- Preparation and illustration of the implications of different settlement proposals and their ramifications short term and long term to both parties in light of differences in investment income, earnings, taxes and other variables.
In high net worth and/or high income cases, your choice of attorney can make the difference between winning or losing. High stake divorces can be demanding on the spouses, children, families and attorneys. You need an attorney with the experience, resources and qualifications to handle the intensity, drama, and complexity of such divorces – an attorney like Glenn Tanner.
Glenn works closely with accountants, appraisers, and certified divorce financial analysts when effective to assess, value, and present your case. Investigators can trace significant assets despite attempts to obscure their existence. Injunctions and orders can be obtained to prevent liquidation of assets against your interest and to maintain your cash flow from businesses or to allow your continued effective operation of a business.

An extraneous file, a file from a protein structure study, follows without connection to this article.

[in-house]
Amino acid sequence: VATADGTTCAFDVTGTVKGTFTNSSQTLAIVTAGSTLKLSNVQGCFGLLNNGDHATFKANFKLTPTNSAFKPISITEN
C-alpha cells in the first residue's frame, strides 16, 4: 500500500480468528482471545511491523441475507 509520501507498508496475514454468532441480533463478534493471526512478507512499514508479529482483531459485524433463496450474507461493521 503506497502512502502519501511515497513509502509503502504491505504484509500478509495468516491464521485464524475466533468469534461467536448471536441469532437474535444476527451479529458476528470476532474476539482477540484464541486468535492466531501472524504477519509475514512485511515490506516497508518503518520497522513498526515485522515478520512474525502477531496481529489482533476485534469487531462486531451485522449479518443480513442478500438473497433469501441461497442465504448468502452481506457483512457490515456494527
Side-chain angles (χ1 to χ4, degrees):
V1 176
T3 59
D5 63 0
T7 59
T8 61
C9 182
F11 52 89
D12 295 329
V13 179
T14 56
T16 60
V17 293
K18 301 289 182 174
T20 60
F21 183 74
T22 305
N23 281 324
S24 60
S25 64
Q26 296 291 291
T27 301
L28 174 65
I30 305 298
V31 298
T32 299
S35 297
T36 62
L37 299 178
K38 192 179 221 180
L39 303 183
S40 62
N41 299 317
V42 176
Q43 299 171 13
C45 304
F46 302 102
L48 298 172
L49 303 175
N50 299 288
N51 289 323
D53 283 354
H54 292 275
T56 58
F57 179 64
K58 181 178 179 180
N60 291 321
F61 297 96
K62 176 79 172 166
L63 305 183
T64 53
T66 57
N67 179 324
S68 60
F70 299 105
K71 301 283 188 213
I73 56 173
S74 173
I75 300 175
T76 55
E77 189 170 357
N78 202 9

When there is one high wage earner and one traditional “homemaker”, now in different households, the foremost short-term issue often is cash flow to maintain reasonable lifestyles. It is frustrating to be a physician earning $400,000 annually but also unable to meet the monthly bills. Decreases in real estate values and the current economic down turn exasperate the situation. The homemaker depends on child support and maintenance (alimony) to maintain the household. High levels of debt, expenditures on setting up new households and careers, and romancing new relationships, can all contribute to cash flow problems. Large bonuses may be sporadic or end, and the higher wage earner finds it difficult to make significant regular maintenance payments. The amount and length of maintenance are discretionary with the court and are determined after consider the following factors set forth by the Washington State legislature in RCW 26.09.090: